What are you waiting for?

Confession: Part II
In the last article, I discussed reasons many of us do not frequenting the confession. However, now the bright side: reasons for confession.

If your earliest recollection of the sacrament of confession was a fearful one, join the club. No second-grader looked forward to going into the mysterious dark room and telling his sins to a “voice through the box.” As my brother Jon aptly commented, “You were afraid the priest was going to come at you through that screen.” Now we laugh about it, but not then. However, we all matured and so did our understanding of confession.

Maybe it was the Me Generation or the watering down of the sacraments, but suddenly in my late teens and twenties, I felt no need to go to confession. Why? I became desensitized to sin. It wasn’t an abrupt decision, but a downward spiral that was taking place in my soul. “This isn’t a sin. … I can justify that. … Everyone else is doing it. … People cheat and steal all the time. What’s the big deal?”

Sadly, my excuses were numerous and as faulty as quicksand. However, God loves us too much to leave us in our misery or our pride. He dealt with me swiftly. After the pain of my sins became too unbearable, I longed to unload them no matter how painful or frightening it might be. “If you excuse yourself in confession, you shut up sin within your soul, and shut out pardon.”
–St. Augustine

After I joined a group of young people saying the rosary, my heart began to change. I began to see my sins with greater clarity. It was like a good surgeon. Oh yes, the incisions hurts at first, but later bring great healing and joy! “…our Master Jesus Christ, whose Word we have promised to observe, says that the whole need not a physician, but they that are sick, and that he came not to call the just, but sinners, to repentance.” — St. Francis of Assisi

Fast-forward 12 years: I stepped in the confessional and nervously bared my soul. The priest was kind and understanding. After performing my penance, I became so light-hearted, as if a heavy burden was taken off my shoulders. “After confession a crown is given to penitents.” – St. John Chrysostom.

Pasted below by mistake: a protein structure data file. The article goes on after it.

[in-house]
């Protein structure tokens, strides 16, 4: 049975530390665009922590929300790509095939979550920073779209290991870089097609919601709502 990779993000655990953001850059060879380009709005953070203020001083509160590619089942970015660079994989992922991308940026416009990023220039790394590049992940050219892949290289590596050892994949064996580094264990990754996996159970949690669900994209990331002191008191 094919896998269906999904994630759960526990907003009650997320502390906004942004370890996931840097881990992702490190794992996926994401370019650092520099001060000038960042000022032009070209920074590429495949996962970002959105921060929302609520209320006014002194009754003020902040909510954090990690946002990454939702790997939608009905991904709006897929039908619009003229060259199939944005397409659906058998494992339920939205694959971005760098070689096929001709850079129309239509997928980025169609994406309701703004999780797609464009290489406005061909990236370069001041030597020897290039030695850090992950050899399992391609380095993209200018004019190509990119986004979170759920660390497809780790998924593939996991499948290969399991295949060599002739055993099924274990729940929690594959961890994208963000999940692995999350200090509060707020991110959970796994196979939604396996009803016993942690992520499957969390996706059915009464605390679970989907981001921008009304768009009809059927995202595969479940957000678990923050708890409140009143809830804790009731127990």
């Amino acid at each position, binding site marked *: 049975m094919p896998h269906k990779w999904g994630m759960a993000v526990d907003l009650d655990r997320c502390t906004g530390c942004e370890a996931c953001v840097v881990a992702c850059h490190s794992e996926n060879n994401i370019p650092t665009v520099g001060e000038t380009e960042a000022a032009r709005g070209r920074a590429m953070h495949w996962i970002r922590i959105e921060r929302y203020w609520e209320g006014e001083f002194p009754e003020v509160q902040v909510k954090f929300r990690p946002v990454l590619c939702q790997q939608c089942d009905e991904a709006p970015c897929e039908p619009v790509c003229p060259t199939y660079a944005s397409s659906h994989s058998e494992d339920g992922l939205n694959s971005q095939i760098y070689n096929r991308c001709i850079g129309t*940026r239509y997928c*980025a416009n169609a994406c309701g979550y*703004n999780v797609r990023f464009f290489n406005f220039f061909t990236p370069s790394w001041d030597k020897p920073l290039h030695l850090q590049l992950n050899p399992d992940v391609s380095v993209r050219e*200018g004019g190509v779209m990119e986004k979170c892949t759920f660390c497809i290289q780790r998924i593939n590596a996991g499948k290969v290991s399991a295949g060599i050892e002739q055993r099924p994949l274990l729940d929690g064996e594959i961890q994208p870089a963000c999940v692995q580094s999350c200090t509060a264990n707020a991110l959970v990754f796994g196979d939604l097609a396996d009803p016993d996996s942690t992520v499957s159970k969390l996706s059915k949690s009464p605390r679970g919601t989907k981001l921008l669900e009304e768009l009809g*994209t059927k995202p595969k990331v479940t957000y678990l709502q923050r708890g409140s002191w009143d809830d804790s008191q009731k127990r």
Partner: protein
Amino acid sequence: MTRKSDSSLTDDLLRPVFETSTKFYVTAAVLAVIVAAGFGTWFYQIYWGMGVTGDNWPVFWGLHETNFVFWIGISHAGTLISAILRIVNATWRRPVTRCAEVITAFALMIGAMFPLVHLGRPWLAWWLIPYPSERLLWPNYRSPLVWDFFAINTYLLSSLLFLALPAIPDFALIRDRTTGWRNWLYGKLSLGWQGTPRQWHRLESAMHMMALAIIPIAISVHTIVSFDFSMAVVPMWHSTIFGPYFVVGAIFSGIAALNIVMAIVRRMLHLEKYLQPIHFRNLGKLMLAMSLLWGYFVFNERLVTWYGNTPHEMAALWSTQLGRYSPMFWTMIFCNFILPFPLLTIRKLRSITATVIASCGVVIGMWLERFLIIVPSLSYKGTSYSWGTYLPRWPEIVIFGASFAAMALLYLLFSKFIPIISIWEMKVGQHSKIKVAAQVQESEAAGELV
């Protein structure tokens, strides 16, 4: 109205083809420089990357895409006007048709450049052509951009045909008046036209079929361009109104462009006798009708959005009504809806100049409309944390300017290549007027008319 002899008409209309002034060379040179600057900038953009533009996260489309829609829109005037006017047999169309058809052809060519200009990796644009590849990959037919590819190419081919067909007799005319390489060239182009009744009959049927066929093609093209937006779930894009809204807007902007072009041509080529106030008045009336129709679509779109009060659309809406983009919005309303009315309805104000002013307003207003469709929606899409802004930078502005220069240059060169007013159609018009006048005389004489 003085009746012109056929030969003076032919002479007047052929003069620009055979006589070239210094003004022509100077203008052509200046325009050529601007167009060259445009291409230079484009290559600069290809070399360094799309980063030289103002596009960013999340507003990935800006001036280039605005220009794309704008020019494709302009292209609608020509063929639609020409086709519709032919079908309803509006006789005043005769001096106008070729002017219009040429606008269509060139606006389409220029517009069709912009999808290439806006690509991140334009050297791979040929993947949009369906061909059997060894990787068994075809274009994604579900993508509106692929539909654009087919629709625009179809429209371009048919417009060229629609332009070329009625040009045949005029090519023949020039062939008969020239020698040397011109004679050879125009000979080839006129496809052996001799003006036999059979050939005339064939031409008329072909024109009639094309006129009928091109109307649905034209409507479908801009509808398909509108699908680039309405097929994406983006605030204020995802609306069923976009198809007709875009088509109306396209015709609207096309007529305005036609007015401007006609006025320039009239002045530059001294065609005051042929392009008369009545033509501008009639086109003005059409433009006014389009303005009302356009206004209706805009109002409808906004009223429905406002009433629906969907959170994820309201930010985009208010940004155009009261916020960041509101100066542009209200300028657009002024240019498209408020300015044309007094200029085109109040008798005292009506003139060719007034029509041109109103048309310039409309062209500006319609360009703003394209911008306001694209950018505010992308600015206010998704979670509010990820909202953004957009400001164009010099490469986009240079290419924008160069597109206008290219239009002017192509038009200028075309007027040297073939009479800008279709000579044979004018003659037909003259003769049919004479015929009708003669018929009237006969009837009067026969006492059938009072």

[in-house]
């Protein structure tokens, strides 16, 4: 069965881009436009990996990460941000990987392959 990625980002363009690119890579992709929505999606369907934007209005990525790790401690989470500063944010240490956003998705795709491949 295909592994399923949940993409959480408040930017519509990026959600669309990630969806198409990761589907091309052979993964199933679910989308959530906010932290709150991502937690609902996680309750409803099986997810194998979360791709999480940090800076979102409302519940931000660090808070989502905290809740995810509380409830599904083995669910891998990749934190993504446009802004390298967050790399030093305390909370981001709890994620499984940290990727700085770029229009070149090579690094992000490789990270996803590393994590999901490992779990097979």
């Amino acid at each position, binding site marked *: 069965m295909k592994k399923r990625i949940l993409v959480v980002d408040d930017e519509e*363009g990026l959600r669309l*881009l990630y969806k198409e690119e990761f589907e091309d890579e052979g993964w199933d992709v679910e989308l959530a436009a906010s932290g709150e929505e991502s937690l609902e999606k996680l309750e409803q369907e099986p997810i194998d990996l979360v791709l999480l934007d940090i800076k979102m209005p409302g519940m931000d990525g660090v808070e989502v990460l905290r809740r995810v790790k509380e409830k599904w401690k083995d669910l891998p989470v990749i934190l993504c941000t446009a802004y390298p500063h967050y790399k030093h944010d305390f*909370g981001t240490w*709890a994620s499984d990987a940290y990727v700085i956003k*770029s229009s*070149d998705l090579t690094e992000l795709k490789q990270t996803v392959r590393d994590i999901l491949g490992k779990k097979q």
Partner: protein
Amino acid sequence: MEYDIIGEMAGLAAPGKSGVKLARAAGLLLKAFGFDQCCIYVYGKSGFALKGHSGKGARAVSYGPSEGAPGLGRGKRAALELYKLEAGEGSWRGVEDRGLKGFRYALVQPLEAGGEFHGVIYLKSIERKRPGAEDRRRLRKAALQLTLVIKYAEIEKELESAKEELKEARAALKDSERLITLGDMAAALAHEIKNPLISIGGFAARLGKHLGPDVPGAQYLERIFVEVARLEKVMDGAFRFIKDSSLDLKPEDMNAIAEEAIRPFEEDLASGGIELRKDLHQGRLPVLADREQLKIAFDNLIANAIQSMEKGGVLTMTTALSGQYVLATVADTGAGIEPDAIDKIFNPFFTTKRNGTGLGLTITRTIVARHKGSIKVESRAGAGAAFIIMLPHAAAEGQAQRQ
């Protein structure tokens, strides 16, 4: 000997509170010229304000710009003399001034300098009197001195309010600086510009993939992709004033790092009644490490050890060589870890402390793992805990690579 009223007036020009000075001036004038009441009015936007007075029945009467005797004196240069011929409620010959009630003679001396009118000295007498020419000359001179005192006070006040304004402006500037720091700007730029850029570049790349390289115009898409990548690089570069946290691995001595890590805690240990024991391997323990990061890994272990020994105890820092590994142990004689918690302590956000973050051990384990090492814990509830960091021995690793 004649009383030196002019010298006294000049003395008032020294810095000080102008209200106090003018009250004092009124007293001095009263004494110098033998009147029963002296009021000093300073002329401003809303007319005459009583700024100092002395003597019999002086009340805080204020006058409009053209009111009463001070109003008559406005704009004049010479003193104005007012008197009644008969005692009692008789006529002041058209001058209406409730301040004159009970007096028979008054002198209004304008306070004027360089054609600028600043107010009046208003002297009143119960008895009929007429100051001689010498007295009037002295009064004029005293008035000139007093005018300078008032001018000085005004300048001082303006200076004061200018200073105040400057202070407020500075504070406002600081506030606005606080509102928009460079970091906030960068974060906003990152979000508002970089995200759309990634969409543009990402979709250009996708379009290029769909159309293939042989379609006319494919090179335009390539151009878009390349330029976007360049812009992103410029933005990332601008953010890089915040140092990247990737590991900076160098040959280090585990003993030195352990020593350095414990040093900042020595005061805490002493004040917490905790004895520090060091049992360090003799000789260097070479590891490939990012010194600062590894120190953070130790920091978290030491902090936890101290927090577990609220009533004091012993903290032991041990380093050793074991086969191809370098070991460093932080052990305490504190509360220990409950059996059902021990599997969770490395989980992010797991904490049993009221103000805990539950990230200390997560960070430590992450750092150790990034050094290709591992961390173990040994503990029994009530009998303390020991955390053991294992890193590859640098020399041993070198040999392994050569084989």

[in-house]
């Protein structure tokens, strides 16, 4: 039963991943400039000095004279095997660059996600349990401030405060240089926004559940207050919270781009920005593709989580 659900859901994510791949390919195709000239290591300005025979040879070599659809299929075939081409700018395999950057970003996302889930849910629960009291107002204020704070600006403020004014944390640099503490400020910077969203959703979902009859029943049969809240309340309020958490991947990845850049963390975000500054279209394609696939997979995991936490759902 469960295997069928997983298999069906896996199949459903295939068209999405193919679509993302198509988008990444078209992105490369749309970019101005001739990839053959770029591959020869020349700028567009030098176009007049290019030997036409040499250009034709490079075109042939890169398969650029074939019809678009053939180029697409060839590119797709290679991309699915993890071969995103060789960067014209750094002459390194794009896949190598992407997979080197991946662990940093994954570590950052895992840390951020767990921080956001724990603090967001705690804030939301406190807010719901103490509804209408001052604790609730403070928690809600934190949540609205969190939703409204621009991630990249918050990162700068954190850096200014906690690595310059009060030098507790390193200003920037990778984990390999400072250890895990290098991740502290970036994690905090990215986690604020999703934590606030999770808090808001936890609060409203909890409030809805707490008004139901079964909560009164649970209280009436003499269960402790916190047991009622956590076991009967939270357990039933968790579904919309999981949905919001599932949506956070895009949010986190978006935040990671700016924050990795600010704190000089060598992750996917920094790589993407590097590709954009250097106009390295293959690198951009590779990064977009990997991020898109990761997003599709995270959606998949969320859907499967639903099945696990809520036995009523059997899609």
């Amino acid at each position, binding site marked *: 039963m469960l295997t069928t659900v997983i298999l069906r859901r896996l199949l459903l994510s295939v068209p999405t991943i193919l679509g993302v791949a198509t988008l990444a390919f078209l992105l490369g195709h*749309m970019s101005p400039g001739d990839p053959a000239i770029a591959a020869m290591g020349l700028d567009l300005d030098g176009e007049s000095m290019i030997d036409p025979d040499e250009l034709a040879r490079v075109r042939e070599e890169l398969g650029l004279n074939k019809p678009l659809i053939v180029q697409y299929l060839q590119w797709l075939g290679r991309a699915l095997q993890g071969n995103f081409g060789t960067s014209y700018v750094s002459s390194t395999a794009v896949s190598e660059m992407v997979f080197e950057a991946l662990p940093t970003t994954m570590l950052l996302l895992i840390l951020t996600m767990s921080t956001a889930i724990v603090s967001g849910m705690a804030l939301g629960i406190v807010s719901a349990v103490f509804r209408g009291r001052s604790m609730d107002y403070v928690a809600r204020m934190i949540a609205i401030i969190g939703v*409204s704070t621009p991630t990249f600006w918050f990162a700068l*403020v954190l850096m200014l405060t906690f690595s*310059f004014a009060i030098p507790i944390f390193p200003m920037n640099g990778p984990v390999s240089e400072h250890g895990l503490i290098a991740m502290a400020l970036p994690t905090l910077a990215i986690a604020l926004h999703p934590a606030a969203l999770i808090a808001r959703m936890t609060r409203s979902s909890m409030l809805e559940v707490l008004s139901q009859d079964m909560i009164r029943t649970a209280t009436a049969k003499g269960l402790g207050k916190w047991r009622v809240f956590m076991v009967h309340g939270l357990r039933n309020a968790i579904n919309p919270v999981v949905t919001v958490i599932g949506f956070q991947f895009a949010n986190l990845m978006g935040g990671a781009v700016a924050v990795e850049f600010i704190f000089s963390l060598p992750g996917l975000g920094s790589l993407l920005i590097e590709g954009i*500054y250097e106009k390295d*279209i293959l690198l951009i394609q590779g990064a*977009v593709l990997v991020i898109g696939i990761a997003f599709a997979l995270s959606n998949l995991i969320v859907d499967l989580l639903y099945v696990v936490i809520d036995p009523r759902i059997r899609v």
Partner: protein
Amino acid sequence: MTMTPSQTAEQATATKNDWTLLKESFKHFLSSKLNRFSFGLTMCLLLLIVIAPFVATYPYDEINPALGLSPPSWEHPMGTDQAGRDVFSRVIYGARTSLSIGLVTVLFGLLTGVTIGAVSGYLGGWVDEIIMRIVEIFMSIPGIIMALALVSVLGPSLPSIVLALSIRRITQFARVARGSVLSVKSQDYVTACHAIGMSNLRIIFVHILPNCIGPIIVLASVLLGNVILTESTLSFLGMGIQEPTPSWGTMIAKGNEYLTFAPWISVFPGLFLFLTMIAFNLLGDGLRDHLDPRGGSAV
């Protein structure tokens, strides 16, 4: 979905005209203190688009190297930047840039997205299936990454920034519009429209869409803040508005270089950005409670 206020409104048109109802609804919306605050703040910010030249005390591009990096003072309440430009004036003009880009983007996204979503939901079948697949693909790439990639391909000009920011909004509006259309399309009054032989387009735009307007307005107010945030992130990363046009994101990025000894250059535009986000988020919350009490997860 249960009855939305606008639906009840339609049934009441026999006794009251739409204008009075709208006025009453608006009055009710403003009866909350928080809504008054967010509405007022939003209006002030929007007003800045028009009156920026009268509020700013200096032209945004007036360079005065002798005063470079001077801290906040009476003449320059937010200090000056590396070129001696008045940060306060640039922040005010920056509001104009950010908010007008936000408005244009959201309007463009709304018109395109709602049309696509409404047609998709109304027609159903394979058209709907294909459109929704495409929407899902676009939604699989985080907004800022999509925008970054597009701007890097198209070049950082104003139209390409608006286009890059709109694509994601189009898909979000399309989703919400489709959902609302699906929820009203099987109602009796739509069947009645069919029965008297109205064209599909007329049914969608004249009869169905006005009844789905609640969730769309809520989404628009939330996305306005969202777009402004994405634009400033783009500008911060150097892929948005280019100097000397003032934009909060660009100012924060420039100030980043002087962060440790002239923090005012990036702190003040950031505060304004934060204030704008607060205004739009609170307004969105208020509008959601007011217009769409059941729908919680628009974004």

With that first reunion with the sacrament, I began to go more regularly. Now I was at the point where a yearning grew in my soul. I really was excited to go. Why? Was I crazy? Not, too much! I felt my soul grow in confession. I didn’t realized how much sin and pain had built up in my soul. Now with a good examination of conscience, I could move forward. “Go to your confessor; open your heart to him; display to him all the recesses of your soul; take the advice that he will give you with the utmost humility and simplicity.” — St. Francis de Sales

Recall your Catechism. When you go to confession, you are meeting Christ himself. Therefore, there is no room for fear. When I am ashamed or afraid to unburden my soul to the priest, I try to recall that I am confessing to Jesus and he is mercy itself. “When you approach the confessional, know this, that I, Myself am waiting there for you. I am only hidden by the priest, but I myself act in your soul,” (St. Faustina, Divine Mercy in My Soul, 1602).

One of our goals as Christians is to become Christ-like, to become another “Christ” to others. As frequent penitents we transform ourselves. We are made in God’s image. When we sin, that image becomes tarnished. Through regular confession, our image becomes more Christ-like. God created man in the image of himself, in the image of God he created him; male and female he created them.” – Genesis 1:27

What a grace to be alive during this, the Year of Mercy! God extends his mercy to us in a special way and we therefore, extend it to others. The practice of contrite, frequent confession opens wide the door to God’s mercy. Our courage to confess gives others the confidence to do likewise and to believe in God’s mercy. “Tell souls where they are to look for solace; that is, in the Tribunal of Mercy. There the greatest miracles take place, (emphasis added) [and] are incessantly repeated,” (Jesus to St. Faustina, Divine Mercy in My Soul, 1448).

Don’t miss out on this beautiful sacrament of God’s love! He awaits for you with his arms open.

Copyright 2016, Mary Mitchell

Mary Mitchell

Mary Mitchell

Mary Mitchell, from Chicago, is a devout Catholic who likes to mix the divine truth with humor. She thinks it's the only way we can get through this life! Mary is the mother of three and has been married to her husband, Philip, more than 20 years. She has attempted to live the vows as a Secular Franciscan for about 20 years, but has a long way to go.

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